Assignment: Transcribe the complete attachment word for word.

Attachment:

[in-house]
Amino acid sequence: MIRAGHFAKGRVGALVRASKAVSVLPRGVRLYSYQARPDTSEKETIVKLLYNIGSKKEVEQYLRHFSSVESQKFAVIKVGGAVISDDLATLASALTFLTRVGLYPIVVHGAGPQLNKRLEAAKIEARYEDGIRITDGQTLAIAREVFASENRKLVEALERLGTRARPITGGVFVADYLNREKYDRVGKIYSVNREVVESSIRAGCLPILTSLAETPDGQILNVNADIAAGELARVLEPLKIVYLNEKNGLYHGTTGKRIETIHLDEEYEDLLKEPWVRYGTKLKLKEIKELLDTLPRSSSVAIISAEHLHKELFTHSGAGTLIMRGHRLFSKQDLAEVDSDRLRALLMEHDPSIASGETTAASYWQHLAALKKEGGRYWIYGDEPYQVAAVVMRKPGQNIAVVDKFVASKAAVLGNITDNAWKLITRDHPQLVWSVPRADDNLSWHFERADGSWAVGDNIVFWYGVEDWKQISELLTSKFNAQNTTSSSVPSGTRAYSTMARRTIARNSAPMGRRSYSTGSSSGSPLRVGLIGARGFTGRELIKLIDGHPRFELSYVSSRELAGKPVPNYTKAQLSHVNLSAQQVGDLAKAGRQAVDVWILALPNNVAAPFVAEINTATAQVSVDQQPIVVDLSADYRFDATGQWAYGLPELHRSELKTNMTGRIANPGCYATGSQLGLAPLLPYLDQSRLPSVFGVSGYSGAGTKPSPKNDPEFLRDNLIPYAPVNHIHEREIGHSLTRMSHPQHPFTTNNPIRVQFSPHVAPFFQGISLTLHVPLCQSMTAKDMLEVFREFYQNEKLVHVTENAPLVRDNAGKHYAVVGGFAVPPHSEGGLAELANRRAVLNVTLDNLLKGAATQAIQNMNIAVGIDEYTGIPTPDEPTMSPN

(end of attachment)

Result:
[in-house]
Amino acid sequence: MIRAGHFAKGRVGALVRASKAVSVLPRGVRLYSYQARPDTSEKETIVKLLYNIGSKKEVEQYLRHFSSVESQKFAVIKVGGAVISDDLATLASALTFLTRVGLYPIVVHGAGPQLNKRLEAAKIEARYEDGIRITDGQTLAIAREVFASENRKLVEALERLGTRARPITGGVFVADYLNREKYDRVGKIYSVNREVVESSIRAGCLPILTSLAETPDGQILNVNADIAAGELARVLEPLKIVYLNEKNGLYHGTTGKRIETIHLDEEYEDLLKEPWVRYGTKLKLKEIKELLDTLPRSSSVAIISAEHLHKELFTHSGAGTLIMRGHRLFSKQDLAEVDSDRLRALLMEHDPSIASGETTAASYWQHLAALKKEGGRYWIYGDEPYQVAAVVMRKPGQNIAVVDKFVASKAAVLGNITDNAWKLITRDHPQLVWSVPRADDNLSWHFERADGSWAVGDNIVFWYGVEDWKQISELLTSKFNAQNTTSSSVPSGTRAYSTMARRTIARNSAPMGRRSYSTGSSSGSPLRVGLIGARGFTGRELIKLIDGHPRFELSYVSSRELAGKPVPNYTKAQLSHVNLSAQQVGDLAKAGRQAVDVWILALPNNVAAPFVAEINTATAQVSVDQQPIVVDLSADYRFDATGQWAYGLPELHRSELKTNMTGRIANPGCYATGSQLGLAPLLPYLDQSRLPSVFGVSGYSGAGTKPSPKNDPEFLRDNLIPYAPVNHIHEREIGHSLTRMSHPQHPFTTNNPIRVQFSPHVAPFFQGISLTLHVPLCQSMTAKDMLEVFREFYQNEKLVHVTENAPLVRDNAGKHYAVVGGFAVPPHSEGGLAELANRRAVLNVTLDNLLKGAATQAIQNMNIAVGIDEYTGIPTPDEPTMSPN